β-cyano-L-alanine toxicity: Evidence for the involvement of an excitotoxic mechanism

D. N. Roy, M. I. Sabri, R. J. Kayton, Peter Spencer

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Abstract

The legume Vicia sativa (common vetch) harbors the neurotoxic nonprotein amino acid β-cyano-L-alanine (BCLA) and its γ-glutamyl derivative. BCLA elicits hyperexcitability, convulsions, and rigidity in chicks and rats after oral or intraperitoneal administration, but the mechanism of its action is unknown. The effect of different concentrations of BCLA (0.075-10.0 mM) has been investigated in an organotypic tissue culture system. BCLA concentrations of 0.075 and 0.60 mM had no effect, even up to 6 hr. No changes were observed in cultures treated with 1 mM BCLA for 4 hr. BCLA (2.0-10.0 mM) induces concentration-dependent changes in the explants. The explants display neuronal vacuolation, chromatin clumping, and dense shrunken cells, a pathological response generally seen with excitotoxin. MK-801 (35 μM), which blocks the open ion channel associated with the N-methyl-D-aspartate (NMDA) class of glutamate receptors, attenuates the neurotoxic property of BCLA, while the non-NMDA antagonist, 6-cyano-7-nitroquinoxaline-2,3-dione (10-20 μM), provides no significant protection. Treatment of isolated mouse brain mitochondria with up to 5 mM BCLA had no inhibitory effect on the activity of NADH-dehydrogenase (complex 1) or cytochrome c oxidase (complex IV), a cyanide-sensitive enzyme. These results suggest that the neurotoxicity of BCLA (or derivative) is mediated directly or indirectly through NMDA receptors.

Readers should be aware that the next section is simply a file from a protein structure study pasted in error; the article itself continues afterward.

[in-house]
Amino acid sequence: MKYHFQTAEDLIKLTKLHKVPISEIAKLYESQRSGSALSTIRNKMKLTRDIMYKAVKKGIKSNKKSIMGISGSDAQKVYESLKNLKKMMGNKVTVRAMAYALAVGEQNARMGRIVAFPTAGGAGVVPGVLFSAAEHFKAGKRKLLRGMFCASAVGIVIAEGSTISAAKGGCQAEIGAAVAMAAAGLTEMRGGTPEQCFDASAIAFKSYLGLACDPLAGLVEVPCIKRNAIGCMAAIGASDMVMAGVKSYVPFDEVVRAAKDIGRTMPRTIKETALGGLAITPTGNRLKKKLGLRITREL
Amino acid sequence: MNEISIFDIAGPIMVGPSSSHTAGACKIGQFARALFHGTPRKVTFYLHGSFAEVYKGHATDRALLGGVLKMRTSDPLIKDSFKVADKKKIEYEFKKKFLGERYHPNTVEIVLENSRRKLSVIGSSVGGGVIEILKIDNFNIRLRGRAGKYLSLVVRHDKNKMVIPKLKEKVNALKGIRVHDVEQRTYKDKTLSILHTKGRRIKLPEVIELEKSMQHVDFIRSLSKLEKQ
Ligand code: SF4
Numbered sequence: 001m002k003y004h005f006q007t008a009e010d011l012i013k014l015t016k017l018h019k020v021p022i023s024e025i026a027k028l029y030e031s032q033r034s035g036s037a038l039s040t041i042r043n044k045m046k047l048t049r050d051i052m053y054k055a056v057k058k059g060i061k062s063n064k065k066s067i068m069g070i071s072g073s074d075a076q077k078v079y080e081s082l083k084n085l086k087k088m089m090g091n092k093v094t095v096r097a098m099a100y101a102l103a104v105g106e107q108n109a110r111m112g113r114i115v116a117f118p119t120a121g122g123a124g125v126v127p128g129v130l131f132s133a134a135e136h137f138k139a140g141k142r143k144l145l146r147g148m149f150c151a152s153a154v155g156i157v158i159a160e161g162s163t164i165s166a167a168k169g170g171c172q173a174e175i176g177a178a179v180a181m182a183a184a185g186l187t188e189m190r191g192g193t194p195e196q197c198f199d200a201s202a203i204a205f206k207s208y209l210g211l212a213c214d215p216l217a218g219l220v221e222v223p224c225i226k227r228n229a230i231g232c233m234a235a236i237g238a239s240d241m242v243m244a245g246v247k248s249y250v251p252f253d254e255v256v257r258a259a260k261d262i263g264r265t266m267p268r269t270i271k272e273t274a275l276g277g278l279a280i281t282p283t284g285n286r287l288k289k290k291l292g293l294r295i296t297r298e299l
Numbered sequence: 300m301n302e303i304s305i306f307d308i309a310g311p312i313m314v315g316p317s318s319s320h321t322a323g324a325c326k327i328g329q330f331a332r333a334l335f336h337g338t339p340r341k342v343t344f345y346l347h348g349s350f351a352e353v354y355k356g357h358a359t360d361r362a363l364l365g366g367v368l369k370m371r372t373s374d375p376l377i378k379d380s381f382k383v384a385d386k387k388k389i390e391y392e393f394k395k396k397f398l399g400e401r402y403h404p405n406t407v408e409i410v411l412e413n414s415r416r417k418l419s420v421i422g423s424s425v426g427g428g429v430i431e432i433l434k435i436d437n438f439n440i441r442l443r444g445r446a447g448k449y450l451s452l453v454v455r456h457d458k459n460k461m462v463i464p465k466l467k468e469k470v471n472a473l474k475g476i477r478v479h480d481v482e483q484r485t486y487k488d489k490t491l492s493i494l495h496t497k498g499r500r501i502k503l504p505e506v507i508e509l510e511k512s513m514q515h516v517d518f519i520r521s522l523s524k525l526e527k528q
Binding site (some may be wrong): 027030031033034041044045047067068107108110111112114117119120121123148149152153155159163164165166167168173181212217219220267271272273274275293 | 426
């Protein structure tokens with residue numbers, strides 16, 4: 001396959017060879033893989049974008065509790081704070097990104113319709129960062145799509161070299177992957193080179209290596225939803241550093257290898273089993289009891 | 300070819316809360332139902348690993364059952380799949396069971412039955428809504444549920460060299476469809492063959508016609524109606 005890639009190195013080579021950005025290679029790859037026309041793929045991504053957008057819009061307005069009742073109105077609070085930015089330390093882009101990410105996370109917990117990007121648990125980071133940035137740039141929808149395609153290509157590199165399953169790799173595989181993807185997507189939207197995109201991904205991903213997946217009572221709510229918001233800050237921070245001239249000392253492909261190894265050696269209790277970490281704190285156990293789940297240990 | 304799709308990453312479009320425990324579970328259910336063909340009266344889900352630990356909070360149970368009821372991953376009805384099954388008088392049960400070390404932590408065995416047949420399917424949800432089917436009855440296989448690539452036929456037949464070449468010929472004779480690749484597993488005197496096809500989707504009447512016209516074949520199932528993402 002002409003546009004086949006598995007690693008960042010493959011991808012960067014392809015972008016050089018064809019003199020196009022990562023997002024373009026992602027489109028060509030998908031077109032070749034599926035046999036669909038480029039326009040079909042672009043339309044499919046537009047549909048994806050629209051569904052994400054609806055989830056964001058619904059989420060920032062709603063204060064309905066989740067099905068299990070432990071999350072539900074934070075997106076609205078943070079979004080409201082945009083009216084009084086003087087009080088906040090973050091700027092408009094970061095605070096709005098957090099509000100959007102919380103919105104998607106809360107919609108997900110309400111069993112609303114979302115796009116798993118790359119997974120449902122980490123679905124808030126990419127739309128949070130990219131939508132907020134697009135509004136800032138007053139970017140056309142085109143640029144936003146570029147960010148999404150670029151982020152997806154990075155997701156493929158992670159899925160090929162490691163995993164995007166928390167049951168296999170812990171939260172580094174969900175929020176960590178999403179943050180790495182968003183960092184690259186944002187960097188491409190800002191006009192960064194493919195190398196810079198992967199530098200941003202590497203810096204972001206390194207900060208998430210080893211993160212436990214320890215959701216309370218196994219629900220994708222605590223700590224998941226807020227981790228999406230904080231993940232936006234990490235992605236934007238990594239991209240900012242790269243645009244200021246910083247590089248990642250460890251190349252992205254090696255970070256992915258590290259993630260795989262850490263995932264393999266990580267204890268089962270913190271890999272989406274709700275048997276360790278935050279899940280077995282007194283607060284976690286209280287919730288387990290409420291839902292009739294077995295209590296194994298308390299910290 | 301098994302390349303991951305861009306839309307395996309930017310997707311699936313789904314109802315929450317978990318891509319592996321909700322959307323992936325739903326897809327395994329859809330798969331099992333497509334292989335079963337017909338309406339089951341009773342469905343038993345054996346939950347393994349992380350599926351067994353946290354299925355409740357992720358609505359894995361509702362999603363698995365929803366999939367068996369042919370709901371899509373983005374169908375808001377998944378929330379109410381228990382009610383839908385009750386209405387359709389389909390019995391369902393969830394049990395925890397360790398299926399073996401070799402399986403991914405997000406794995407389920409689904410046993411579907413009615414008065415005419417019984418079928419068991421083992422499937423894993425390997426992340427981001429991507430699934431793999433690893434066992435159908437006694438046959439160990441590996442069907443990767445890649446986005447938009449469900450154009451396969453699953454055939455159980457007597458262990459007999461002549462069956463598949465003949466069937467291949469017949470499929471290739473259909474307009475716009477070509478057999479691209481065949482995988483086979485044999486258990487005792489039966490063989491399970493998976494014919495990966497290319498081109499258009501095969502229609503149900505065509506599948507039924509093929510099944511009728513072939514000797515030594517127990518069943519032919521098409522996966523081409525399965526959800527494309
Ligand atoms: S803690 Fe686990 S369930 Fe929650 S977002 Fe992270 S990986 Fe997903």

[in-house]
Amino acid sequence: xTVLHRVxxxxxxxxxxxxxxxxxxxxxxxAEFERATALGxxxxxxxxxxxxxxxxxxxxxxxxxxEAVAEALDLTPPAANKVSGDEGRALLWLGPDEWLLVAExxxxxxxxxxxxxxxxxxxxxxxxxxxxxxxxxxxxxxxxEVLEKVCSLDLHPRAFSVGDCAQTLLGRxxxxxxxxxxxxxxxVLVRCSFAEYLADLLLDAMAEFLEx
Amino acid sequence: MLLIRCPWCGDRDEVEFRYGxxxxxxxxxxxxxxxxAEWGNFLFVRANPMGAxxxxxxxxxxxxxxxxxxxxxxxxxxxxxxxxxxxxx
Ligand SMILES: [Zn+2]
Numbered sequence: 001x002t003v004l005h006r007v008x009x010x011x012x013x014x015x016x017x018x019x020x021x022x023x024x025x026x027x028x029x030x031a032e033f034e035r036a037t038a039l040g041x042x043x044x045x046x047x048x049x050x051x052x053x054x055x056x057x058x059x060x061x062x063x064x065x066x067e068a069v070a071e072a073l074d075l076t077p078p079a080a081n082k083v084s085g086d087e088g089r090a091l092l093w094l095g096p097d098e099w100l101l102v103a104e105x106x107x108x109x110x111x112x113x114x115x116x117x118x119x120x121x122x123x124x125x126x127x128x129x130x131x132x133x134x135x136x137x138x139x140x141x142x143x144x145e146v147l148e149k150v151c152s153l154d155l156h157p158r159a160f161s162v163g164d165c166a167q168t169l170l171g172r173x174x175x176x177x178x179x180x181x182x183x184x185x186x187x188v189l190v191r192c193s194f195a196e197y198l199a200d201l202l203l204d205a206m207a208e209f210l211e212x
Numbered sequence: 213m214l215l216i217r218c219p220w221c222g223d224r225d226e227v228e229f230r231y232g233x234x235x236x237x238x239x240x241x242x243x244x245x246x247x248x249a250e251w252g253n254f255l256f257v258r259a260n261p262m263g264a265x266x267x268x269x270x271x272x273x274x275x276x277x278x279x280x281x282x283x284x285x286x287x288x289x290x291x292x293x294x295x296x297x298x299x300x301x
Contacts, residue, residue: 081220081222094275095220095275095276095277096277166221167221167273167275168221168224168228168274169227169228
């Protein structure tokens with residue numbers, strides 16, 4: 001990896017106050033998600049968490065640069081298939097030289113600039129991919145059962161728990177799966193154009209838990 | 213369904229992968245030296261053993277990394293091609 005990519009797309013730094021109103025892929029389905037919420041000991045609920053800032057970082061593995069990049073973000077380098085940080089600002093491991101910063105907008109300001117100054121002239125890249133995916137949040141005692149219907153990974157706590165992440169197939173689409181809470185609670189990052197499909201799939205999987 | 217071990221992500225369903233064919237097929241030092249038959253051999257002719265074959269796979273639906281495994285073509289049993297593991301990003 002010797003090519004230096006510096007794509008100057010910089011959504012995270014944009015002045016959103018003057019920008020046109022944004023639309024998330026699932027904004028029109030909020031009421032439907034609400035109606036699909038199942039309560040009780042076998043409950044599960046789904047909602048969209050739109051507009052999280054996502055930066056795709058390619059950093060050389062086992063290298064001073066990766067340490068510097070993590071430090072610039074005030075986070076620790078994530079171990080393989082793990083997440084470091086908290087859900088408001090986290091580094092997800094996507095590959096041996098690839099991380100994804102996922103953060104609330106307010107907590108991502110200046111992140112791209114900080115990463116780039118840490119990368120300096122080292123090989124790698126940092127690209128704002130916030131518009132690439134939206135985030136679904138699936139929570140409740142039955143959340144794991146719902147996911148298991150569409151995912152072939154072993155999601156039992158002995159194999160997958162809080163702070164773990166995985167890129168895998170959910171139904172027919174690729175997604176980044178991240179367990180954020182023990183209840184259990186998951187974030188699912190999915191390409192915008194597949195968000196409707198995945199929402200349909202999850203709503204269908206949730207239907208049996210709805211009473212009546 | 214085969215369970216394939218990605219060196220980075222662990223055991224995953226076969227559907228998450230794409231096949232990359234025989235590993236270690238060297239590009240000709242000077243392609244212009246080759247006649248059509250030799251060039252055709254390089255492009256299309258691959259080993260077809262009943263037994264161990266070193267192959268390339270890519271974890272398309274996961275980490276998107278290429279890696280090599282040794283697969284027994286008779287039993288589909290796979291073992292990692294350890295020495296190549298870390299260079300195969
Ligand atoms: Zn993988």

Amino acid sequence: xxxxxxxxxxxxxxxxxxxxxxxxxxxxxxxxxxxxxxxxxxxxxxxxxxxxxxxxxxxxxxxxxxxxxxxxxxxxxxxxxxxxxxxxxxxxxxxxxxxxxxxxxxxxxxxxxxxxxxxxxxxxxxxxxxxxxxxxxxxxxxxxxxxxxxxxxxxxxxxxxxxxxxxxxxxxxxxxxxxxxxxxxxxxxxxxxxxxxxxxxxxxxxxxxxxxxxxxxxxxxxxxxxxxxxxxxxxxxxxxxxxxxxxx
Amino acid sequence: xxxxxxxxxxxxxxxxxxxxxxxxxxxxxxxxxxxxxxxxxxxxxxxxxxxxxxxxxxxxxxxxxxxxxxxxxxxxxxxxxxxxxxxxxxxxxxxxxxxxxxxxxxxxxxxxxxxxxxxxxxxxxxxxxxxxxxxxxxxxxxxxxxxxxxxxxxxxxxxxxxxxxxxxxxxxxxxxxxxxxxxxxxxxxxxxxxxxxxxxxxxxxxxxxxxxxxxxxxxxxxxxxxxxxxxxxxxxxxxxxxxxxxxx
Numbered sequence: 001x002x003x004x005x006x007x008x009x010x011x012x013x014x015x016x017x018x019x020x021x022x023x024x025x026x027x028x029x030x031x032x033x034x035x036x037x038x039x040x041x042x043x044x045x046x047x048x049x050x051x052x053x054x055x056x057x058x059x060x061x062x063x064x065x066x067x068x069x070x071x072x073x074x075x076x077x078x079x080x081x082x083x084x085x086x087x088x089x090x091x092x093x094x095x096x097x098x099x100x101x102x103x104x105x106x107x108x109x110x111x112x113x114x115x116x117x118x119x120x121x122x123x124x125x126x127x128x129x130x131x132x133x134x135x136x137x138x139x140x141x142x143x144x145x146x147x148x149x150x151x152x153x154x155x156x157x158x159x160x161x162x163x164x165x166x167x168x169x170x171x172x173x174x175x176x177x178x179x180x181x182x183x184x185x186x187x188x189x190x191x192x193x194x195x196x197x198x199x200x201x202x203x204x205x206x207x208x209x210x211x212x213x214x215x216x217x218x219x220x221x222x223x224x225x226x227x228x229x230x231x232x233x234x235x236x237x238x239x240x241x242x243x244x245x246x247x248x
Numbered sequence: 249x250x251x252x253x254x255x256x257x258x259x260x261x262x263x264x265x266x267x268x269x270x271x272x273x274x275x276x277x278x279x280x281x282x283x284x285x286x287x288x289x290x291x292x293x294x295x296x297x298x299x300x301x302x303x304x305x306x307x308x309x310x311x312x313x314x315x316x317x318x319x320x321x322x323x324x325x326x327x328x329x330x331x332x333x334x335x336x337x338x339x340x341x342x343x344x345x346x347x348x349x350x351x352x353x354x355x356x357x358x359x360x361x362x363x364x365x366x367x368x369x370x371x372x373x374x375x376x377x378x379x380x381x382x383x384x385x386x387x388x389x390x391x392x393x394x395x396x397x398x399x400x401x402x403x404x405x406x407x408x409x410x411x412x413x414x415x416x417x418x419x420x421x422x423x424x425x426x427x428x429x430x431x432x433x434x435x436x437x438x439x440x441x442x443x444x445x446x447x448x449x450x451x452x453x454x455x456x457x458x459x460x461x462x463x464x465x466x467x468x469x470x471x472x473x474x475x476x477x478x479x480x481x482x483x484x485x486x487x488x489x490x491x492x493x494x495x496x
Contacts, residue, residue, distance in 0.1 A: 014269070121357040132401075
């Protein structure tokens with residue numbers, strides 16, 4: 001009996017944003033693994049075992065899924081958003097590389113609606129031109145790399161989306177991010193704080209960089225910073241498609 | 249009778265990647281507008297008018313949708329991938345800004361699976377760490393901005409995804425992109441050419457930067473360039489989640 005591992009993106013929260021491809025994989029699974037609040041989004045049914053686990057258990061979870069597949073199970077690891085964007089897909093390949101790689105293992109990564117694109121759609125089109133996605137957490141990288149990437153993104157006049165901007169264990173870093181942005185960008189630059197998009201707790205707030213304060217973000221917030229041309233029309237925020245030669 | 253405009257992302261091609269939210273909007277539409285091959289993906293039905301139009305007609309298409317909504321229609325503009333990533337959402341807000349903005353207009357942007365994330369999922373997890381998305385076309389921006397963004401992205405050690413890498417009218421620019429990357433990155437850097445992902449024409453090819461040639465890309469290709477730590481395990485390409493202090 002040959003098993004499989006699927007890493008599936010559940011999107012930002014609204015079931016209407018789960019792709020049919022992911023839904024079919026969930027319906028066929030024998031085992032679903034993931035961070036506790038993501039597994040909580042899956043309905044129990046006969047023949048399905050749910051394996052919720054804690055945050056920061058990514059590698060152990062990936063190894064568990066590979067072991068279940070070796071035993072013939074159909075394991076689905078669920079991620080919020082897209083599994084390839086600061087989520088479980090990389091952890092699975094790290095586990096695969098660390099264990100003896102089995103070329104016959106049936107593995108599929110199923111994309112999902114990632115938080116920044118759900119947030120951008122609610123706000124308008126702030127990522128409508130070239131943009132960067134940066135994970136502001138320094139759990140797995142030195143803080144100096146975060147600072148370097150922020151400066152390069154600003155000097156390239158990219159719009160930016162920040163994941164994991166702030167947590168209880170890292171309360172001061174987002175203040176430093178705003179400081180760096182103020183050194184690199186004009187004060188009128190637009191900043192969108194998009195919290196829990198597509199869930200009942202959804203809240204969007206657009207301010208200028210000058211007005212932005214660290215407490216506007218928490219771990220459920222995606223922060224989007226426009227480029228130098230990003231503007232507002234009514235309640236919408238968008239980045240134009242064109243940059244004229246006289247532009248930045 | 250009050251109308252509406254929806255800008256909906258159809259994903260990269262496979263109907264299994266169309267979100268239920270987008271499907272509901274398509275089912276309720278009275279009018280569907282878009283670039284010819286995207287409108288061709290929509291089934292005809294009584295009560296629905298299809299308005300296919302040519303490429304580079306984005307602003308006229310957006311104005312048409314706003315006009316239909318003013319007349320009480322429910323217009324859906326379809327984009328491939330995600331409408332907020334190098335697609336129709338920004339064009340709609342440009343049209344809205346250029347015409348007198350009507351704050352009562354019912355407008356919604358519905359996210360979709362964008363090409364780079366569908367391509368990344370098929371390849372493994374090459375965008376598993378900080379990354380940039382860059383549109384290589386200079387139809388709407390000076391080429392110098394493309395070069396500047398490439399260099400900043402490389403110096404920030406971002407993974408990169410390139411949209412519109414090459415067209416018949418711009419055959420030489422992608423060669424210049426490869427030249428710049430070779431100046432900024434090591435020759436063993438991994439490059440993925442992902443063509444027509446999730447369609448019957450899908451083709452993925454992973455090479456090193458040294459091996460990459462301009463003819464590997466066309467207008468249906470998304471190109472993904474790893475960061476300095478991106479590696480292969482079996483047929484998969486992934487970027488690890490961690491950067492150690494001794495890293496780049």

Original languageEnglish (US)
Pages (from-to)247-253
Number of pages7
JournalNatural Toxins
Volume4
Issue number6
Publication statusPublished - 1996

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Keywords

  • β-Cyano-L-alanine
  • Excitotoxicity
  • Glutamate receptors
  • Neurotoxicity
  • Vicia sativa

ASJC Scopus subject areas

  • Toxicology

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